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Five Aussie jobs that will be automated in 10 years

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Source: Unsplash/Alex Knight.

A new Future of Australian Jobs Report has predicted which vocations are most likely to be automated within the next 10 years. Yikes.

The data has been generated by Pearson‘s workforce data and analytics platform Faethm. Pearson is an AI and tech company that specializes in learning and education productions.

According to the company, Faethm “analyzes billions of data points to make AI-powered predictions of the future of jobs and skills”.

For this report it utilized S-curve modeled predictions of several jobs and professions against the number of full-time-equivalent roles within that sector in Australia.

Which Australian jobs are most likely to be automated in the near future?

According to the report, these jobs are most likely to be automated in the next 10 years. The percentage represents the amount that automation is predicted to replace the full time equivalent (FTE) held by a human.

  1. Legal secretary — 59.58%
  2. Finance broker — 59.2%
  3. Pharmacy technician — 58.61%
  4. Medical receptionist — 57.99%
  5. Insurance consultant — 56.34%

But the list didn’t stop there. Some other interesting callouts included:

  • Airplane pilot — 36.55%
  • Medical laboratory scientist — 35%
  • Stockbroking dealer — 34.01%
  • Accountants and auditors — 32.03%
  • Meteorologist — 29%
  • Sales workers — 29%
  • Road traffic controller — 24%

“Our modeling shows that economic growth will still drive the need for occupations, however, the nature of jobs will quickly evolve as tasks are both automated and augmented by technology and this will impact future demand,” the report reads.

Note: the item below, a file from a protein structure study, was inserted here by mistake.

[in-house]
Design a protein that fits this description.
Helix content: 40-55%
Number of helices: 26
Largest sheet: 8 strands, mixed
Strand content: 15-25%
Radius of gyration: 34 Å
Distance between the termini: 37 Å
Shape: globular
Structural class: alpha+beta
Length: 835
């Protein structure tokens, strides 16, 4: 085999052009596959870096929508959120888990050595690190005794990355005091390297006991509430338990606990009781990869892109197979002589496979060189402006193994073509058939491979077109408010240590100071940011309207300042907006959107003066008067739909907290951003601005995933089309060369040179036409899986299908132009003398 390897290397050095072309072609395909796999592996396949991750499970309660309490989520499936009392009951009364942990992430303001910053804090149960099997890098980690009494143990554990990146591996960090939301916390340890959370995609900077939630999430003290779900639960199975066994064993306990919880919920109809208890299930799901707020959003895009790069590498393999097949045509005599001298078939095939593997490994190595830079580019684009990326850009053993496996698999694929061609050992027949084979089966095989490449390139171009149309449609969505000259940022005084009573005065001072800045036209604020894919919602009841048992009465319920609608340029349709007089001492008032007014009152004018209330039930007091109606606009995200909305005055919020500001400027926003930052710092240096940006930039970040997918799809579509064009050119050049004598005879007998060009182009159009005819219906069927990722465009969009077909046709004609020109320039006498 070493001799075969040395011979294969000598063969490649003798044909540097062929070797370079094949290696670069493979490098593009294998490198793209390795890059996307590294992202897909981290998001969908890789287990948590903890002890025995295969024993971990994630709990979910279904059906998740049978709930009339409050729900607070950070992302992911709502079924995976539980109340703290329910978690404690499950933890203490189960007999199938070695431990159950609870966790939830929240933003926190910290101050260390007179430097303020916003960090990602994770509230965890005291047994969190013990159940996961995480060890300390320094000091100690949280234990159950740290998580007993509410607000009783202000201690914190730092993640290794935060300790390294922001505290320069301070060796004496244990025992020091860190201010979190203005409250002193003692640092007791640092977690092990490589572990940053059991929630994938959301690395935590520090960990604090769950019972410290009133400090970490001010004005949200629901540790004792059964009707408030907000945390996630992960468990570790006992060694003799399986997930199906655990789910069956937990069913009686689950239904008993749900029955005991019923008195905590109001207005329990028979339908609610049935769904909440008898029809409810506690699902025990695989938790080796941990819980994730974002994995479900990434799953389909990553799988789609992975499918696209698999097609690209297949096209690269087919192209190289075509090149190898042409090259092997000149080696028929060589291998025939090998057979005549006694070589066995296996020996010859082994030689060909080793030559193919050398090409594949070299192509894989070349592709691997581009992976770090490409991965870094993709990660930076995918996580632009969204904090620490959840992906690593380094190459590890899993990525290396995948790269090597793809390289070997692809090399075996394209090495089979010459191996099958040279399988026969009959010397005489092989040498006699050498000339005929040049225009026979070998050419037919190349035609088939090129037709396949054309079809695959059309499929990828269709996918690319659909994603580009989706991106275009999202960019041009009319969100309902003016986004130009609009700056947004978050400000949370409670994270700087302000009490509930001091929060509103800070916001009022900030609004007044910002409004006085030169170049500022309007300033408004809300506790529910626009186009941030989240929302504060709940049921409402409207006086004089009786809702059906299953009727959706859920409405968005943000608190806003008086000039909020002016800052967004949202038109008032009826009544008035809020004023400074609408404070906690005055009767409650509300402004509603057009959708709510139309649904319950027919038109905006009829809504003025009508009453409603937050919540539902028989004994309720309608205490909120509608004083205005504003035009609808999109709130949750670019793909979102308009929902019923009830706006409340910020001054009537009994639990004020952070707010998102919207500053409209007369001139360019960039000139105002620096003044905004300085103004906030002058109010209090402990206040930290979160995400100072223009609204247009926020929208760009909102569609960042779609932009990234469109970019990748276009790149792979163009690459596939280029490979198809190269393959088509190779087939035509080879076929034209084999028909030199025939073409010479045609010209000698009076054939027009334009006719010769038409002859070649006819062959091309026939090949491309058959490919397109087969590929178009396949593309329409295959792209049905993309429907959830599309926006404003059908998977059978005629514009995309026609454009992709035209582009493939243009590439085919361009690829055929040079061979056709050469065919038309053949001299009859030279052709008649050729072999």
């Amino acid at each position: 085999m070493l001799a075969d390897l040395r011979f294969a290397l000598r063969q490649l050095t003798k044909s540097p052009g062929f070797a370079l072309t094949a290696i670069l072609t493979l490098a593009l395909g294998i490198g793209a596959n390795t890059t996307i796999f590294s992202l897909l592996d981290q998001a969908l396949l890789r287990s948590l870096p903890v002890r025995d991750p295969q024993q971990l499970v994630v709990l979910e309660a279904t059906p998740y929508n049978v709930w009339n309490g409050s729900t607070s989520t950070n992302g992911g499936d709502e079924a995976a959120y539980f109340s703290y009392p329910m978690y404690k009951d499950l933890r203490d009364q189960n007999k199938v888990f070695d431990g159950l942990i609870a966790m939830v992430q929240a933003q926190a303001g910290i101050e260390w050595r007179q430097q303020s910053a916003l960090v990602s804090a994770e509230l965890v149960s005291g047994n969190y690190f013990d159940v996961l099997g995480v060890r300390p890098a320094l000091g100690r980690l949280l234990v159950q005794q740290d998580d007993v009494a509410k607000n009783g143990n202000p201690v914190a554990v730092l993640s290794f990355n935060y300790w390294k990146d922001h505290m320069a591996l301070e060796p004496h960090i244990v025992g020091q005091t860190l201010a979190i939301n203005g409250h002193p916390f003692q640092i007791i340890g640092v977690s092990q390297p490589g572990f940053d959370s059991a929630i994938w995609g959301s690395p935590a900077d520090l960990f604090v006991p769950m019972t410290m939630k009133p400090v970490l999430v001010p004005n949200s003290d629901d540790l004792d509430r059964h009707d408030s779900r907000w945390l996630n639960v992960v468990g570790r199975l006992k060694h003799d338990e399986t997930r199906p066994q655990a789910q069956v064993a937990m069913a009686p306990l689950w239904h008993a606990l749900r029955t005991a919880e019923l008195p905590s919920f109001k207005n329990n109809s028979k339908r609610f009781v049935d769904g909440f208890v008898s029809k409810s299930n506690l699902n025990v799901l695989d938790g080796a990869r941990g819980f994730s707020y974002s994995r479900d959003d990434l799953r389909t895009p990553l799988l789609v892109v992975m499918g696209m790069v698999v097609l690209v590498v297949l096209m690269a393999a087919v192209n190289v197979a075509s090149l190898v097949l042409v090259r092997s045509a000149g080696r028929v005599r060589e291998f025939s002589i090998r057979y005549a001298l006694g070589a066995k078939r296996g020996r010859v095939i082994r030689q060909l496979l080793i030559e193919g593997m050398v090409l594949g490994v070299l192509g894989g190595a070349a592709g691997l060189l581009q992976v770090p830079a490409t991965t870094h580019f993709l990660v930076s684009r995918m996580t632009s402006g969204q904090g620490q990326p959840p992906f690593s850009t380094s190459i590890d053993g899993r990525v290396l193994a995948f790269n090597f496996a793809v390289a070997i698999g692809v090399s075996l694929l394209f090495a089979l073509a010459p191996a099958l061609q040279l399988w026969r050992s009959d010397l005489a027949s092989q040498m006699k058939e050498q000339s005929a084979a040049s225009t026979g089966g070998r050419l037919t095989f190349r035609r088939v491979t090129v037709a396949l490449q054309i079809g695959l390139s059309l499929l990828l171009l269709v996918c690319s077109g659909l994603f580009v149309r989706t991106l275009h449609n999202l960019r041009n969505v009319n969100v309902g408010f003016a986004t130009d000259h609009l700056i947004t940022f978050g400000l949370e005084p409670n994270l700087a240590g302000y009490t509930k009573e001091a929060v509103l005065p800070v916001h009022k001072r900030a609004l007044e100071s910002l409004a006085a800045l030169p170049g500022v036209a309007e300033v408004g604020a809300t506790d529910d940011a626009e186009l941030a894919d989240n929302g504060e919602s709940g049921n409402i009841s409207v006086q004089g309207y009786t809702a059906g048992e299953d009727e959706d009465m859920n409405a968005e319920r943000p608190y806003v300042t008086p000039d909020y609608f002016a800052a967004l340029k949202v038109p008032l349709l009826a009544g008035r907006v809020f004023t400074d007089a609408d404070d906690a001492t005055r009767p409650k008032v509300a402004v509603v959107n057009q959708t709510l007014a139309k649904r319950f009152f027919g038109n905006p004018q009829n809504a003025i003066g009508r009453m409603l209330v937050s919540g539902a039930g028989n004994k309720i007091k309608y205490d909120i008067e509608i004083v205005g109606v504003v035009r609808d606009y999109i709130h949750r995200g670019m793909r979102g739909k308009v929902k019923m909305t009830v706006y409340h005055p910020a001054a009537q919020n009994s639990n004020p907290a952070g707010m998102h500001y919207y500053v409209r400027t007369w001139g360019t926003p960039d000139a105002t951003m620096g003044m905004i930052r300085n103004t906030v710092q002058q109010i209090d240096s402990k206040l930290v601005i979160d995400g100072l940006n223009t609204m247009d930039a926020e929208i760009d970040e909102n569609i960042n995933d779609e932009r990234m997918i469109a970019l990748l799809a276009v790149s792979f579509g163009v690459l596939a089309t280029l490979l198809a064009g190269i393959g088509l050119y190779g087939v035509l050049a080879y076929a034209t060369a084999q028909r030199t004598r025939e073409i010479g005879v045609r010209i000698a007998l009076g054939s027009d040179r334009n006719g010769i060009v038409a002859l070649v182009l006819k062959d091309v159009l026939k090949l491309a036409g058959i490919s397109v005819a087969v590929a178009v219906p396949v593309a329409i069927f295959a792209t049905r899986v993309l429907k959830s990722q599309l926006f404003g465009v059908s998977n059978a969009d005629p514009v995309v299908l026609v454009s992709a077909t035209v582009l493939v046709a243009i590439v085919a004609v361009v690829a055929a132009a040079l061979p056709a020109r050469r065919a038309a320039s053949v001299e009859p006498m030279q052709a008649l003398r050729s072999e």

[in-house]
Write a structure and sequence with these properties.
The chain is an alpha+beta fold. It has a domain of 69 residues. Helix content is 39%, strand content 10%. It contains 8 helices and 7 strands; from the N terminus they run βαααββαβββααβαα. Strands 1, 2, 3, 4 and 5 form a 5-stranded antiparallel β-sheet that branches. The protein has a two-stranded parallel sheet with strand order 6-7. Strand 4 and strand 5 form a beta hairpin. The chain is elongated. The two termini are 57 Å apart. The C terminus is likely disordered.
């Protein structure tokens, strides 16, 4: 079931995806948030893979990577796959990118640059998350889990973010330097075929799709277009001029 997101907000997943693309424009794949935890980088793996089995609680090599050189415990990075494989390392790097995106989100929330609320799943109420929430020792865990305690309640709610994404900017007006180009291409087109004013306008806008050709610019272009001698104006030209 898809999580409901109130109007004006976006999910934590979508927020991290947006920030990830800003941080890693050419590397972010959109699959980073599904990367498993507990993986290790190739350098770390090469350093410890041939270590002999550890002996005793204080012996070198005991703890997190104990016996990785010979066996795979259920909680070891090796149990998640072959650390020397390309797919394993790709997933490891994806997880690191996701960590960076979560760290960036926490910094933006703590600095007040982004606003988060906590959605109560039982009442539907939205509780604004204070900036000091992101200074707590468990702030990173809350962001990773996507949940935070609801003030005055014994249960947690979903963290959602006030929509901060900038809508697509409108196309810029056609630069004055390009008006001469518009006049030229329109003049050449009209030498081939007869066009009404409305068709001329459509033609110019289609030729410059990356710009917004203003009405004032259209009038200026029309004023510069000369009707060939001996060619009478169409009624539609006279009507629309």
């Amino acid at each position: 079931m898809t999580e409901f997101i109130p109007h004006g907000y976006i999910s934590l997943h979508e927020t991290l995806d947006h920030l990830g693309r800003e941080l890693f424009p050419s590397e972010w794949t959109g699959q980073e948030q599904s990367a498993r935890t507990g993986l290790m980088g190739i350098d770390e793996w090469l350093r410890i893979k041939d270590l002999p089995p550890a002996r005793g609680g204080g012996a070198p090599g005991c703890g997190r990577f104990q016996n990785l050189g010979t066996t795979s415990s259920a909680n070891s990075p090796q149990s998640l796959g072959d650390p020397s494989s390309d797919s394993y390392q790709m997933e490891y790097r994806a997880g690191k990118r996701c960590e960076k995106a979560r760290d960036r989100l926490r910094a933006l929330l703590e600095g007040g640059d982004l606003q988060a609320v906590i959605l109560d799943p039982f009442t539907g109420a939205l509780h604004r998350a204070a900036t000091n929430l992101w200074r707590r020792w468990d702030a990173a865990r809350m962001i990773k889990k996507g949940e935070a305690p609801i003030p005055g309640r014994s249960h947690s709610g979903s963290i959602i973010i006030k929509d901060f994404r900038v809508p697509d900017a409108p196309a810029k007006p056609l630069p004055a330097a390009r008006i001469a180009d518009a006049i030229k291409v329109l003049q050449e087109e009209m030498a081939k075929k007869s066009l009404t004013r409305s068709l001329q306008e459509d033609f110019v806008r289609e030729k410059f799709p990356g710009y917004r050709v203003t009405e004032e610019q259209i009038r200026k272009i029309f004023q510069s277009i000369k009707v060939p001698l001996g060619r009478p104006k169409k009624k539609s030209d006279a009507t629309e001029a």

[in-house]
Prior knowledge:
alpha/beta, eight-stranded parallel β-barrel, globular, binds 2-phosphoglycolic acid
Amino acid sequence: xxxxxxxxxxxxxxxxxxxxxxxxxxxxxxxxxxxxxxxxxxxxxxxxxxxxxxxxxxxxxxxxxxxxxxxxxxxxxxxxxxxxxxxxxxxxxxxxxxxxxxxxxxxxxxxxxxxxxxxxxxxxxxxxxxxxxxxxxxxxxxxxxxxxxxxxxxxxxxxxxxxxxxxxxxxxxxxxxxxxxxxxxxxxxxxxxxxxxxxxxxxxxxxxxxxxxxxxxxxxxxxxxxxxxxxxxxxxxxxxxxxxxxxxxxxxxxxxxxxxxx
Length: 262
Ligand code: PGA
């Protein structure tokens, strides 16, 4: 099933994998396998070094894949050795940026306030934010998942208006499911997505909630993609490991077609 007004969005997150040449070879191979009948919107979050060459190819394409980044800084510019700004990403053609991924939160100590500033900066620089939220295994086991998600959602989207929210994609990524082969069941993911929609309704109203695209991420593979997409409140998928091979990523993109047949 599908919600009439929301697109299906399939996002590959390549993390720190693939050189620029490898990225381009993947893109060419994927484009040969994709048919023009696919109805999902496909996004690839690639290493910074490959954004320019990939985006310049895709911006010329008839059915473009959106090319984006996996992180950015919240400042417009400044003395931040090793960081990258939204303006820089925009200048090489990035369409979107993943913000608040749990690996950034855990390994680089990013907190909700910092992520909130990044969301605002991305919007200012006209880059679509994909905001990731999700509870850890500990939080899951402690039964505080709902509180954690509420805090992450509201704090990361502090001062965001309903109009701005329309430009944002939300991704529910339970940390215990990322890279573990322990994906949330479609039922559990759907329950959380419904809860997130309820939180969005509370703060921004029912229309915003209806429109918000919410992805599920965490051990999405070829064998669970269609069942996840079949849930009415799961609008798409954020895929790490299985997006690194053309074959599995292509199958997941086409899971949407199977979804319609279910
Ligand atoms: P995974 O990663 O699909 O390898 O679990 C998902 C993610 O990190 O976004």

This can be an opportunity for businesses

But the report isn’t all doom and gloom when it comes to robots taking our jobs. It uses the data to encourage companies to plan strategically for the future.

“New technology has always changed the nature of work; however, there has never been a time when so many roles have been under threat at once. The pace of change is now exponential; we have a unique opportunity to embrace technological change — and shape its impact on our employees and workplaces — rather than simply react to it as it happens,” the report reads.

It also quotes from findings in the World Economic Forum’s 2018 Future of Jobs report.

“Companies which proactively address impending technological disruption are three times more likely to improve their market share over their competitors in the same industry. These organizations also perform twice as well on average compared with their peers overall.”

Advice for businesses moving forward

The report also offers advice on how businesses, HR and hiring managers can approach this huge technological shift to benefit their company and employees.

“As the labor market shifts there will not be enough talent with the right skills. Companies, therefore, need to rethink recruitment and retention strategies and allow for reskilling and role repositioning,” the report said.

It goes onto using accountants as a case study, arguing that there are transferable skills that are applicable to other careers, such as cybersecurity. This includes accuracy, information processing and monitoring and assessing performance.

Obviously this example is quite apt considering the deluge of Optus data breach news this week.

However, the report also points out that more is needed to build on transferable skills to close technical and knowledge gaps.

Here’s an overview of the advice the report offers:

  • Start small-scale;
  • Establish a multi-functional team;
  • Embrace technology solutions;
  • Plan ahead of time; give
  • Engage and empower your people.

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